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Wednesday, August 28, 2013

Mossman: Know Thy Finish Line!

Beautiful Seaside Park in Bridgeport, CT
Who knew that such a great seaside park existed in Bridgeport, CT, which is unfortunately notorious for its high crime index versus the US index and low CT index.  But Bridgeport’s most famous citizen is P.T. Barnum and as the founder and producer of the famous circuses in his name and as the city’s former mayor, he put both talents to use and had a vision for a grand park that was created from 1865 to 1920.  He also donated land that now encompasses the 370 acre park.  Calvert Vaux and Frederick Law Olmsted, already famous for designs of Central Park and Prospect Park in New York City, provided the blueprint.

As we prepared for the Martha’s Vineyard triathlon in September, we got the itch to put this good training to use and after hearing about a great race,  we signed up for the late August Mossman Olympic Triathlon in Seaside Park.  For me, it gave me an opportunity to compete in my second USAT sanctioned Olympic distance Aquabike and get my national ranking.  For Mike, an Aquabike offered up a nice training race as he prepared for his first Olympic distance race.

The day before, we did a warm up swim and loop around the lovely, flat bike course that is almost entirely along the water.  Since this race is in our backyard, we planned for a “just in time” arrival and boy was it!  As race day mornings go, the clock seems to tick faster than normal, and on this morning I seemed to require extra bathroom stops as well as had the chain on my bike come off just as I was about to exit transition – I regretted my seconds ago dismissal of Mike who had asked if I was good to go.  I found myself running down to the water not yet fully suited up as they played national anthem.

Mike is looking good!
Being in the Aquabike category, we were in the last wave.  Based on the waves ahead of us, it was clear the current was extremely low.  While some people were water running to the first buoy, I decided to swim the entire distance – I wanted to accurately know my time and this was the swim event after all, not water aerobics.  The swim felt great – I exited the water at 34:47 which is pretty much on par for my Olympic distance swims this season.  I really wanted to get my bike speed up on this race with it being a flat course.  We had to loop the bike course 5 times and for the first 3 quarters of the race, I was managing to maintain a 17 mph or more speed, but by the time I finished, my computer said 16.9 mph – the head wind was strong in parts and I couldn’t maintain it the whole time, but it still represented my fastest time this season.  I really don’t know how have in previous seasons I managed a 18 mph pace in a couple of races, even if they were shorter – I guess we move up in our age groups for a reason!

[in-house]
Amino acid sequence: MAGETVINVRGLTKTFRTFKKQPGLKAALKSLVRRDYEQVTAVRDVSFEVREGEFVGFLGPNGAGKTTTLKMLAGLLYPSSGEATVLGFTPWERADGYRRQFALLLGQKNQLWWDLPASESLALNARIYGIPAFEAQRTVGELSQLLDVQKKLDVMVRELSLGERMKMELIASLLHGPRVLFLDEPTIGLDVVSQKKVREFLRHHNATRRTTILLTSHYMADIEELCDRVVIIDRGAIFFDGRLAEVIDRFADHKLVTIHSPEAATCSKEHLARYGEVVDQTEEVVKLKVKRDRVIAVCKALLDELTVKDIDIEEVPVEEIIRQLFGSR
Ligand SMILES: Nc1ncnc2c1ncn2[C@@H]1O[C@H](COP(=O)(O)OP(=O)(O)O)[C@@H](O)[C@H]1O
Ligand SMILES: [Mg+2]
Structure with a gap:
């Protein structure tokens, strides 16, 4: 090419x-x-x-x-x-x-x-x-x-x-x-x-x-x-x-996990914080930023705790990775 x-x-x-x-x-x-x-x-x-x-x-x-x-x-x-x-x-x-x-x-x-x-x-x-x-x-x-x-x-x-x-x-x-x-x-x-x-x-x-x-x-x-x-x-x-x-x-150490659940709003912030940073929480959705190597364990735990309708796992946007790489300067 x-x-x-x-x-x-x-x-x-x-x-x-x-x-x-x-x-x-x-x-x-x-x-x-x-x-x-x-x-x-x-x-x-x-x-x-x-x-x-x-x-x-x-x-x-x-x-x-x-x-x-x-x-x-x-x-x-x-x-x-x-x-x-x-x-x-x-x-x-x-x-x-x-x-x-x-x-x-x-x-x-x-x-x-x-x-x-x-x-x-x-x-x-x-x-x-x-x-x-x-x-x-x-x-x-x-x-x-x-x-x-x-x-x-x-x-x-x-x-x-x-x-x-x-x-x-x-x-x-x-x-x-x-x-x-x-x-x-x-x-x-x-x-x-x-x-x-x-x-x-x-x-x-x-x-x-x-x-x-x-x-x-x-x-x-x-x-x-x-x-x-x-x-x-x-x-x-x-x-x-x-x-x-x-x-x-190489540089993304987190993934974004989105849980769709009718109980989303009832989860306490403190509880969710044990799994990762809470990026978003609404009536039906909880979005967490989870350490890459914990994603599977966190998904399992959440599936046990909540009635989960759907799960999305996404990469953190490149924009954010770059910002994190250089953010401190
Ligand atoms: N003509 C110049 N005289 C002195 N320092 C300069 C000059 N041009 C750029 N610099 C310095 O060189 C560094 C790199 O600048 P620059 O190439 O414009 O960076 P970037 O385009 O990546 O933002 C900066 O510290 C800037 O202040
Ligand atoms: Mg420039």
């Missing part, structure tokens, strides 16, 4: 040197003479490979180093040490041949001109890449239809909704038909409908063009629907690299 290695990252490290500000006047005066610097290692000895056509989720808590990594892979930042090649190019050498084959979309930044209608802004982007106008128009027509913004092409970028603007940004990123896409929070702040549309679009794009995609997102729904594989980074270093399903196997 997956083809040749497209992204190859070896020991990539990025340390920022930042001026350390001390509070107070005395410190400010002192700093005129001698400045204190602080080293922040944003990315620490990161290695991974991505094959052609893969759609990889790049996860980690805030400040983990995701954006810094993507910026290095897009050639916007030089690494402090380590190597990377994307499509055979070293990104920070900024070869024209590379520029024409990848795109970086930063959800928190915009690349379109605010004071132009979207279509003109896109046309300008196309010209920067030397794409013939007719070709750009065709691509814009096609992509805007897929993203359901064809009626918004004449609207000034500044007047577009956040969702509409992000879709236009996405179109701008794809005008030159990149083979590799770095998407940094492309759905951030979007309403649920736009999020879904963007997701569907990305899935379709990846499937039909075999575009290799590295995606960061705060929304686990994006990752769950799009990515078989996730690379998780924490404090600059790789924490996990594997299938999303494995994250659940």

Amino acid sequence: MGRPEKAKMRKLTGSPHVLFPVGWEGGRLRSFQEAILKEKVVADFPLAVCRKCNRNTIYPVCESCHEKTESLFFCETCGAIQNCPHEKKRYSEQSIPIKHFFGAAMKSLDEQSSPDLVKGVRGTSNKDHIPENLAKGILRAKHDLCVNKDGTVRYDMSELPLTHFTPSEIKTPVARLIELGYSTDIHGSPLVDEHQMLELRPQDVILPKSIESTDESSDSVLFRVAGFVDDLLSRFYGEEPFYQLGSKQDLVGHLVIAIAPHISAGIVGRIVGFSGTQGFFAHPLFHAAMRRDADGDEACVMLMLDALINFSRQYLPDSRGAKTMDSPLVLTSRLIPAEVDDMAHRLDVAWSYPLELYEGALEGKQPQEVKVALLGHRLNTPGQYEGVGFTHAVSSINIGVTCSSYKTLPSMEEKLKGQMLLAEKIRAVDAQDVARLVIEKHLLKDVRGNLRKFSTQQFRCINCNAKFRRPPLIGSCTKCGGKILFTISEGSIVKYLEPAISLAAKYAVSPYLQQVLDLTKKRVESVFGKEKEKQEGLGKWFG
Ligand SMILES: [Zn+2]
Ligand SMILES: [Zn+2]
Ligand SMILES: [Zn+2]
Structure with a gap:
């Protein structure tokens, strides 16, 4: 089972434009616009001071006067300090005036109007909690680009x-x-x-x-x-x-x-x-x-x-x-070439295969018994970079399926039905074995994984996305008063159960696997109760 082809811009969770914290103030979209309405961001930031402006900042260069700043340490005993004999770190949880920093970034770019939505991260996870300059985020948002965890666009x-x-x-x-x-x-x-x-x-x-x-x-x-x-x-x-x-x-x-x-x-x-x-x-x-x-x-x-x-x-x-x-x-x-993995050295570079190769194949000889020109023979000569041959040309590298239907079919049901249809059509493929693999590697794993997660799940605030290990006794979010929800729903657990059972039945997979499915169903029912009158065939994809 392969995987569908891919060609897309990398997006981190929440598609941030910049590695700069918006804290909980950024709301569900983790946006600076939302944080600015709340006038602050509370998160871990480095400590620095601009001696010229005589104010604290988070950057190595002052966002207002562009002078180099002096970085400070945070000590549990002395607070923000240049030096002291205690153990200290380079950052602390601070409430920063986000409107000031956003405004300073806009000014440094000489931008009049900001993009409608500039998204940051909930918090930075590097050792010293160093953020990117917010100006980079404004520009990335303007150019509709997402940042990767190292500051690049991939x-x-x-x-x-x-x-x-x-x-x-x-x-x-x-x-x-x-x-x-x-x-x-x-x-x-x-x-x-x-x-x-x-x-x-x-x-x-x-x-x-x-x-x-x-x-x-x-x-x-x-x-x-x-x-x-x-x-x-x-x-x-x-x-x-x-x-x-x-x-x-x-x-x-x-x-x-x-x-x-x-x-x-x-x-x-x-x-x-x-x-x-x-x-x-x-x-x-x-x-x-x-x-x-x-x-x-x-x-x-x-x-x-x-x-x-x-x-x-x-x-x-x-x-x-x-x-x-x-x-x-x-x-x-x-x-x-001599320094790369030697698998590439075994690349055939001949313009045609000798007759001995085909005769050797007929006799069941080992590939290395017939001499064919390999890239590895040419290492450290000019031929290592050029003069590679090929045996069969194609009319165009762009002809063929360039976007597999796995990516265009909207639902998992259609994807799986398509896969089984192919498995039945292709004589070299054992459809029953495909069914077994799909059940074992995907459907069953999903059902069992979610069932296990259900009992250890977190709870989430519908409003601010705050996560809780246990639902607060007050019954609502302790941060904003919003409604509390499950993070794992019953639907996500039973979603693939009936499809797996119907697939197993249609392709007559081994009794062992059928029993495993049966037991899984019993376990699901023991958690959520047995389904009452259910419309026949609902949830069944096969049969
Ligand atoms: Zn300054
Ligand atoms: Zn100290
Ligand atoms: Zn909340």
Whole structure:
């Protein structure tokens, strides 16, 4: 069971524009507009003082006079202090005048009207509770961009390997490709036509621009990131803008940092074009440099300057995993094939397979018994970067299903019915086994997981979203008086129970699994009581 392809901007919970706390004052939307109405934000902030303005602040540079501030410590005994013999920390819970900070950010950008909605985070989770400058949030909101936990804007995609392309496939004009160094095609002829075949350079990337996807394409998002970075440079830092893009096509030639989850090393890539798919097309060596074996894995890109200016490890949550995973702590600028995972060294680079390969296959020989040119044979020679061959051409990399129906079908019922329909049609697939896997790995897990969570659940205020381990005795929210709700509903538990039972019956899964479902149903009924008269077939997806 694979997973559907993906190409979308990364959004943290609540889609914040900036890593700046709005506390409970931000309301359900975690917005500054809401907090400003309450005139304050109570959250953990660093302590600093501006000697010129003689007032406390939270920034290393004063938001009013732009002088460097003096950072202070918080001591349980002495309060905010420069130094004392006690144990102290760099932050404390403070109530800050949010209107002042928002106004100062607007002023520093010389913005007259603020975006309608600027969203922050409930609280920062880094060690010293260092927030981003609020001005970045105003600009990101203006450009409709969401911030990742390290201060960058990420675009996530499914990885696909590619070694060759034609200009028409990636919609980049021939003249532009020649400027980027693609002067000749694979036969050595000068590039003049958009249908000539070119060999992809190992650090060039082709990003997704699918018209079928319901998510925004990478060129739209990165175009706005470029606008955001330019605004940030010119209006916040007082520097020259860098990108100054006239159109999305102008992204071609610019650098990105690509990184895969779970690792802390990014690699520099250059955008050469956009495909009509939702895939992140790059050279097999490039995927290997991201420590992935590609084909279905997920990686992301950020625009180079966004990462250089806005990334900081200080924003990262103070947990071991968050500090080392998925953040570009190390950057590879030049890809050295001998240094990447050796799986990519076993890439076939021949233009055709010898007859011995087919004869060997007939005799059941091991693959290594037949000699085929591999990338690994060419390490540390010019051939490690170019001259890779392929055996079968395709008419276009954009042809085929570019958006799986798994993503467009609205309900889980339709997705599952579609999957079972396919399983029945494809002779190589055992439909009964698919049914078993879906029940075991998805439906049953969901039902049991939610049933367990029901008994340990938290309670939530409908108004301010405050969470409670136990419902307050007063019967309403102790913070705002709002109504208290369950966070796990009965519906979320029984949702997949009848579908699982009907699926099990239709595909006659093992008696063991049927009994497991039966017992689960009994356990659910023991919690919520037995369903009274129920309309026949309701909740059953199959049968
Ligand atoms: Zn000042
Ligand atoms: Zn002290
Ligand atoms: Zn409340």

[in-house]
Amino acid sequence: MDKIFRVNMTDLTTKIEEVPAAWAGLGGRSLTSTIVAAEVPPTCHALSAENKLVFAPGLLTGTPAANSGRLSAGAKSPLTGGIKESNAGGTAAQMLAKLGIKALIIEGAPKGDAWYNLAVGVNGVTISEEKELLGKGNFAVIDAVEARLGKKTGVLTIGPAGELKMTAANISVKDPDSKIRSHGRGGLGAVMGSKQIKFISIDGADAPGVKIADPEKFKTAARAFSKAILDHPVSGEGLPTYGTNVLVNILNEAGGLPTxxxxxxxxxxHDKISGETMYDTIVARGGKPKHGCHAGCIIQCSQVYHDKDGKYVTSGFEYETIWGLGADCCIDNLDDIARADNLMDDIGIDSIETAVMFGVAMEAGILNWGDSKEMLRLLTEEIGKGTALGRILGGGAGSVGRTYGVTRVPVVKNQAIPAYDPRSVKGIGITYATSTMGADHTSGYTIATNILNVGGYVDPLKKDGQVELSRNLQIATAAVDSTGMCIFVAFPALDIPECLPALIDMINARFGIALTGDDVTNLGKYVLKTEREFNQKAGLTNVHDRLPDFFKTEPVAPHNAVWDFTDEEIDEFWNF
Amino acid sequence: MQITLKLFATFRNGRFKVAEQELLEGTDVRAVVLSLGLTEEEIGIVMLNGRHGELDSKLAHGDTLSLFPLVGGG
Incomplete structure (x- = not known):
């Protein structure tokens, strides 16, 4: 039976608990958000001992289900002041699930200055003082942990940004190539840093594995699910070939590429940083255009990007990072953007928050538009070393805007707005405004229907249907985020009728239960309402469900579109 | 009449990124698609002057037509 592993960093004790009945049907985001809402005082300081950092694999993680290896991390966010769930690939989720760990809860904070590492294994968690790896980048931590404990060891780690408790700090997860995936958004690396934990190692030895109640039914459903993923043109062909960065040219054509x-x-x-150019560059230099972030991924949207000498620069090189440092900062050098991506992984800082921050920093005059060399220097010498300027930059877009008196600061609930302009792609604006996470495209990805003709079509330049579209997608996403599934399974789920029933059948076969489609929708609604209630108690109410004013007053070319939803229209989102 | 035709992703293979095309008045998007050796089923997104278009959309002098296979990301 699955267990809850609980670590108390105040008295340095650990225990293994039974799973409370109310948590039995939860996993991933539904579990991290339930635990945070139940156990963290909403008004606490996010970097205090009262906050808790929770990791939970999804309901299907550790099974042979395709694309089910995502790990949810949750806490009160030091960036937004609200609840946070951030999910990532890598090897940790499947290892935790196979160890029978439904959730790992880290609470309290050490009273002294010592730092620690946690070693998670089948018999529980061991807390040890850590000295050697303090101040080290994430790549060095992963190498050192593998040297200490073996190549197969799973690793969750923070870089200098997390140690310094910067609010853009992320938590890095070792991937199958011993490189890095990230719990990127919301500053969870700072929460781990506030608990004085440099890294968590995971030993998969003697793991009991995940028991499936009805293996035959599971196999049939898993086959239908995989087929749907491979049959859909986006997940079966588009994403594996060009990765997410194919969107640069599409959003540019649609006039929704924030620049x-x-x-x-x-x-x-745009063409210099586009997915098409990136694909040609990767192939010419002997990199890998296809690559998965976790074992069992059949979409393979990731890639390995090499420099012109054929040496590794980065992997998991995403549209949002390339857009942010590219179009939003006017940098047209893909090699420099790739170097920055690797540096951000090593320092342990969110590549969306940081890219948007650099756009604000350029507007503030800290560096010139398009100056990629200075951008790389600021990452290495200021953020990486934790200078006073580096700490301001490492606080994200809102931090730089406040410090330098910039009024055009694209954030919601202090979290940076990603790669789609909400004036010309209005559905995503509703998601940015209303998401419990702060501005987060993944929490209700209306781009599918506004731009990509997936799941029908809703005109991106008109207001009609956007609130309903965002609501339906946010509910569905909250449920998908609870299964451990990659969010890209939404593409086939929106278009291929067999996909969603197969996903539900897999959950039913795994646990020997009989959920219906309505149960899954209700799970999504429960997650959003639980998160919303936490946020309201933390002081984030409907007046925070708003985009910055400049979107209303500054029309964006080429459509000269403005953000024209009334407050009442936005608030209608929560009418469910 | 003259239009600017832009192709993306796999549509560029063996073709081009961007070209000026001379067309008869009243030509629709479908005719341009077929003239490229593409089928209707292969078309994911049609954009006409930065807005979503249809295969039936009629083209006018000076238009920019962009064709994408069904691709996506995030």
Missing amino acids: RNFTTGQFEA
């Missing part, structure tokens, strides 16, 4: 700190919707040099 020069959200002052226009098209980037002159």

I had close to a 17mph bike

So here’s where the story of this race gets interesting.  Both Mike and I each entered the transition area after the bike portion and thought we were done (he was ahead of me by about 25 minutes).  That’s how it worked when I did the Philly Aquabike race.  So we each began changing our clothes.  I checked my Blackberry.  We each began packing up our gear.  We each had the same realization that the chip was still around our ankle so we asked a volunteer where we hand it in, and to our surprise, we had to run out of the transition area and follow the not so well marked, handwritten signs that pointed to the Aquabike finish – which turns out was the same finish line as everyone else.  So Mike went running out with his flip flops on, and I ran out with my water bottle and Blackberry in hand, producing some pretty silly finish photos! 

Well, in the end I penalized myself around 10 minutes with that error but it would just have meant I would have come in 4th out of 6 woman instead of 5th – but I still beat the 23 year old, ha!  Mike came in 5 out of 8 men and would have come in 4th.  So we’ll add this one to the lessons learned races.

Um, a flip flop finish?!
In P.T. Barnum’s autobiography he expressed the hope that: ”When the hand that now pens these lines is stilled forever, and thousands look… across the water to Long Island shore and over the groves and walks and drives of the beautiful grounds at their feet, it may be a source of gratification and pride to my posterity to hear the expressions of gratitude that possibly will be expressed to the memory of their ancestor who secured to all future generations the benefits and blessings of Seaside Park.”

Yes, P.T., we’re grateful you’ve built such a beautiful park.  And, we’ll take a lesson from you as you clearly had the finish line in view when you started.

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